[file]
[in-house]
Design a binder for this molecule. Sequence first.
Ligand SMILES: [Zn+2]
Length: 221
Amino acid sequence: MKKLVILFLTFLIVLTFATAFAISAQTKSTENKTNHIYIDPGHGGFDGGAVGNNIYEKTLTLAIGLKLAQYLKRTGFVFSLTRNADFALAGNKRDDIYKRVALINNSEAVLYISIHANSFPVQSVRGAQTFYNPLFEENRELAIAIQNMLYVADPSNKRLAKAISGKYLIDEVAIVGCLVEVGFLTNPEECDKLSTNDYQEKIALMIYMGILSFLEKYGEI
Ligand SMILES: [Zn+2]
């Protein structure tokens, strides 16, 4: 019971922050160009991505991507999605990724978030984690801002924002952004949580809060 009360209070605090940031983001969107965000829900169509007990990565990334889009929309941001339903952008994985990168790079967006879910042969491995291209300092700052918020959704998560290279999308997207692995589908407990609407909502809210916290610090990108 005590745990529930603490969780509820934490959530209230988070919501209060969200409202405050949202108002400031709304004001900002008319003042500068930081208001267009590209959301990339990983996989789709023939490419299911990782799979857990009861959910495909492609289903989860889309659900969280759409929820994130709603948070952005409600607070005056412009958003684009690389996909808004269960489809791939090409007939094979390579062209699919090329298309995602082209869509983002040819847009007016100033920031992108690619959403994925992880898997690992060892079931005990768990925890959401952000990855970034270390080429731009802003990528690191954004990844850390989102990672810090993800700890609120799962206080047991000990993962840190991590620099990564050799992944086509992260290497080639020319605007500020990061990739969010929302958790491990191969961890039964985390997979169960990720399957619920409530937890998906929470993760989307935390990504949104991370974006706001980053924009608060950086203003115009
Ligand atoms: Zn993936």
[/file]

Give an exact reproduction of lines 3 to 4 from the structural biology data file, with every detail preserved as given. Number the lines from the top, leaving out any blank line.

Ligand SMILES: [Zn+2]
Length: 221